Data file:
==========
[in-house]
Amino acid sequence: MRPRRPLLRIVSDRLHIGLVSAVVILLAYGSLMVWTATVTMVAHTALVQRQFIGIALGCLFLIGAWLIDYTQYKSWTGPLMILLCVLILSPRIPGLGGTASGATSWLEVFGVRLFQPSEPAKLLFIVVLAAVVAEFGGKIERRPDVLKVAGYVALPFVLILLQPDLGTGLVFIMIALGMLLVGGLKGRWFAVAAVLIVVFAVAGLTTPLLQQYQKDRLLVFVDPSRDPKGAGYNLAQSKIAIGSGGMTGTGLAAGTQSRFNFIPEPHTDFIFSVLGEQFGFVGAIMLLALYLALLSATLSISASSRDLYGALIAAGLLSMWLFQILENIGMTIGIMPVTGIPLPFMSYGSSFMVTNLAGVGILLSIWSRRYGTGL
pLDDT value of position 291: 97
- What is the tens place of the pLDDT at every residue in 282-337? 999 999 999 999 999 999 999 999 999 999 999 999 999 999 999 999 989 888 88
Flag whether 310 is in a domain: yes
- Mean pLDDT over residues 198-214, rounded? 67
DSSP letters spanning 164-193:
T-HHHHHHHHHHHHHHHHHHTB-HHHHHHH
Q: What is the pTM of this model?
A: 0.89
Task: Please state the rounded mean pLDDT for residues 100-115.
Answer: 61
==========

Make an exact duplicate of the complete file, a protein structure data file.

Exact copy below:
[in-house]
Amino acid sequence: MRPRRPLLRIVSDRLHIGLVSAVVILLAYGSLMVWTATVTMVAHTALVQRQFIGIALGCLFLIGAWLIDYTQYKSWTGPLMILLCVLILSPRIPGLGGTASGATSWLEVFGVRLFQPSEPAKLLFIVVLAAVVAEFGGKIERRPDVLKVAGYVALPFVLILLQPDLGTGLVFIMIALGMLLVGGLKGRWFAVAAVLIVVFAVAGLTTPLLQQYQKDRLLVFVDPSRDPKGAGYNLAQSKIAIGSGGMTGTGLAAGTQSRFNFIPEPHTDFIFSVLGEQFGFVGAIMLLALYLALLSATLSISASSRDLYGALIAAGLLSMWLFQILENIGMTIGIMPVTGIPLPFMSYGSSFMVTNLAGVGILLSIWSRRYGTGL
pLDDT value of position 291: 97
- What is the tens place of the pLDDT at every residue in 282-337? 999 999 999 999 999 999 999 999 999 999 999 999 999 999 999 999 989 888 88
Flag whether 310 is in a domain: yes
- Mean pLDDT over residues 198-214, rounded? 67
DSSP letters spanning 164-193:
T-HHHHHHHHHHHHHHHHHHTB-HHHHHHH
Q: What is the pTM of this model?
A: 0.89
Task: Please state the rounded mean pLDDT for residues 100-115.
Answer: 61